5. The accused petitioners were challaned in the present case on 6th October. 1963. After the necessary committal inquiry the learned First Class Magistrate, Bundi committed the accused to the Court of Sessions on 13th October, 1964. The statement of the accused was recorded on 13th October, 1964 and the charges were framed against the accused the same day. The accused Devishankar filed a re vision application against the order of commitment. Therefore, the trial could not start for some time. With the disposal of the revision application the trial started on 13th January, 1966 when the plea of the accused was recorded. During the trial the accused petitioners moved an application before the learned Additional Sessions Judge raising an objection that the trial of the accused was baited as earlier to that they had been tried for the offences under Section 406 and 467 I. P. C. for the seme period and whereas Devishanker had been convicted the other accused had been acquitted.
6. I ought to mention that earlier to this the accused petitioners moved a miscellaneous application before this Court that the proceeding be quashed as the accused could not be tried for the offences in the present case again. However, as at that time the judgments in the previous cases were under appeal in this Court Chhangani J. on 8th of December, 1965 dismissed the application saying that he was not inclined to go into the matter at that stage but the petitioners would be at liberty to move the trial court after the disposal of the appeals in the previous cases.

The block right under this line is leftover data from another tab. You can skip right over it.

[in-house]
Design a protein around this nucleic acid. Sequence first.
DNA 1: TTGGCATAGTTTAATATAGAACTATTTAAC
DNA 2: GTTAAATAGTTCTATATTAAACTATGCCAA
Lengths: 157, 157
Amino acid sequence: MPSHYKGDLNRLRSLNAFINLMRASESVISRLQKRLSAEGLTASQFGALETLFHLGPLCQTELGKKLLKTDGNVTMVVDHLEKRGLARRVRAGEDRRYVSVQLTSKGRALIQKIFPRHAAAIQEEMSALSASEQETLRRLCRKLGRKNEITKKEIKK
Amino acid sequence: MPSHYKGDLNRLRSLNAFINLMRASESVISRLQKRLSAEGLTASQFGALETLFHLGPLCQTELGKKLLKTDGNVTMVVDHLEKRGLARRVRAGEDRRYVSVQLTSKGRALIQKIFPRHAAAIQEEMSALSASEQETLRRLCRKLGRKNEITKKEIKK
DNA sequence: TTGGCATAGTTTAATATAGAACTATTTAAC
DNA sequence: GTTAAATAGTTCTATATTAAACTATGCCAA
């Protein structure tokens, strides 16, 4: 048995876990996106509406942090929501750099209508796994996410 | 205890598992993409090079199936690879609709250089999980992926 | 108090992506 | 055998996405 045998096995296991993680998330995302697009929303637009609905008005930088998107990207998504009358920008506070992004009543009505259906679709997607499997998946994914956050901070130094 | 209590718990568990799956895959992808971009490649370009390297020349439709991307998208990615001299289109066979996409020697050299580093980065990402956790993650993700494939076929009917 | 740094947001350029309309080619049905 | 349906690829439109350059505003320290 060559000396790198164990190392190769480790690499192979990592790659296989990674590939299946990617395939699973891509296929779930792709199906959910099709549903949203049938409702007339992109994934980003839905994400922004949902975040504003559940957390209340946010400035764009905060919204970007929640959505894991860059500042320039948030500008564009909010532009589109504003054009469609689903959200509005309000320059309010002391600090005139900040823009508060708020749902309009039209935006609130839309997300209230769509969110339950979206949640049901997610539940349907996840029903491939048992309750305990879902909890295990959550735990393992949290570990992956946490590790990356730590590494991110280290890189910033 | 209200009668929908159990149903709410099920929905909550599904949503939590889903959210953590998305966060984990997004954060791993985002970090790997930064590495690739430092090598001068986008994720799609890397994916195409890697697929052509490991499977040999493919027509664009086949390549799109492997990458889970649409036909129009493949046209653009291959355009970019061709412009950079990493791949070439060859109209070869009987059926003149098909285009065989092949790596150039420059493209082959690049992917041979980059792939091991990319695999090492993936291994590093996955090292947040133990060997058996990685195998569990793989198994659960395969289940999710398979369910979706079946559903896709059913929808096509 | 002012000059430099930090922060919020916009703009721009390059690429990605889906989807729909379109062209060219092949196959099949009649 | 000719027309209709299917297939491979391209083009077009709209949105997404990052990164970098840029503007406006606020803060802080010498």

7. S.B. Criminal appeal No. 109 of 1965 arose out of sessions case No. 9 of 1963 decided by the learned Additional Sessions Judge on 24th February, 1966. It related to two sums of money, namely, Rs. 200/-said to have been advanced as loan to one Motishanker on 11th September, 1959 and another sum of Rs. 100/- related to an alleged loan to Jagannath on the same day. The total amount involved was thus Rs. 300/-. The of forgery related to the entries of 11th September, 1959. The result of the appeal was that Devishanker's conviction as also the sentence of two years and Rs. 100/- as fine was upheld. Conviction of Nathu was set aside and he was acquitted.